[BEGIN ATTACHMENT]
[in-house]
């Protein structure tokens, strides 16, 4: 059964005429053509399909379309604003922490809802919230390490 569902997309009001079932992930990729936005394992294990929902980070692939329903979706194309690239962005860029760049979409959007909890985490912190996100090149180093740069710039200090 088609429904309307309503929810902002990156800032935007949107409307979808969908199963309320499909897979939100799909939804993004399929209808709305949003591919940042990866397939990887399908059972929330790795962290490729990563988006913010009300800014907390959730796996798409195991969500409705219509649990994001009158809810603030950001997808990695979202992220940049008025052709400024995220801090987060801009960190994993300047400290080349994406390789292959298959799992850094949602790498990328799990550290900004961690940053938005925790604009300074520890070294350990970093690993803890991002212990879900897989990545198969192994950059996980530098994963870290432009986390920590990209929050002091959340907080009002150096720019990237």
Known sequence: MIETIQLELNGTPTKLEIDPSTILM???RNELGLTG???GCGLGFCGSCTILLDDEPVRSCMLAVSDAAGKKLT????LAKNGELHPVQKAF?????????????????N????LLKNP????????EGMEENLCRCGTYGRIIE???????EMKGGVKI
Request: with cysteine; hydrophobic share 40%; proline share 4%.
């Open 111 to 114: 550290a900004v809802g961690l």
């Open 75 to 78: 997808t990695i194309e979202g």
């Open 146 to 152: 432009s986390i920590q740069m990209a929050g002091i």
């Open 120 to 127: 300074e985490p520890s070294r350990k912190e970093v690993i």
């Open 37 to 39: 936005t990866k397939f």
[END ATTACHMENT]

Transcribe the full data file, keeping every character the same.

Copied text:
[in-house]
């Protein structure tokens, strides 16, 4: 059964005429053509399909379309604003922490809802919230390490 569902997309009001079932992930990729936005394992294990929902980070692939329903979706194309690239962005860029760049979409959007909890985490912190996100090149180093740069710039200090 088609429904309307309503929810902002990156800032935007949107409307979808969908199963309320499909897979939100799909939804993004399929209808709305949003591919940042990866397939990887399908059972929330790795962290490729990563988006913010009300800014907390959730796996798409195991969500409705219509649990994001009158809810603030950001997808990695979202992220940049008025052709400024995220801090987060801009960190994993300047400290080349994406390789292959298959799992850094949602790498990328799990550290900004961690940053938005925790604009300074520890070294350990970093690993803890991002212990879900897989990545198969192994950059996980530098994963870290432009986390920590990209929050002091959340907080009002150096720019990237």
Known sequence: MIETIQLELNGTPTKLEIDPSTILM???RNELGLTG???GCGLGFCGSCTILLDDEPVRSCMLAVSDAAGKKLT????LAKNGELHPVQKAF?????????????????N????LLKNP????????EGMEENLCRCGTYGRIIE???????EMKGGVKI
Request: with cysteine; hydrophobic share 40%; proline share 4%.
């Open 111 to 114: 550290a900004v809802g961690l």
């Open 75 to 78: 997808t990695i194309e979202g």
């Open 146 to 152: 432009s986390i920590q740069m990209a929050g002091i």
């Open 120 to 127: 300074e985490p520890s070294r350990k912190e970093v690993i």
């Open 37 to 39: 936005t990866k397939f």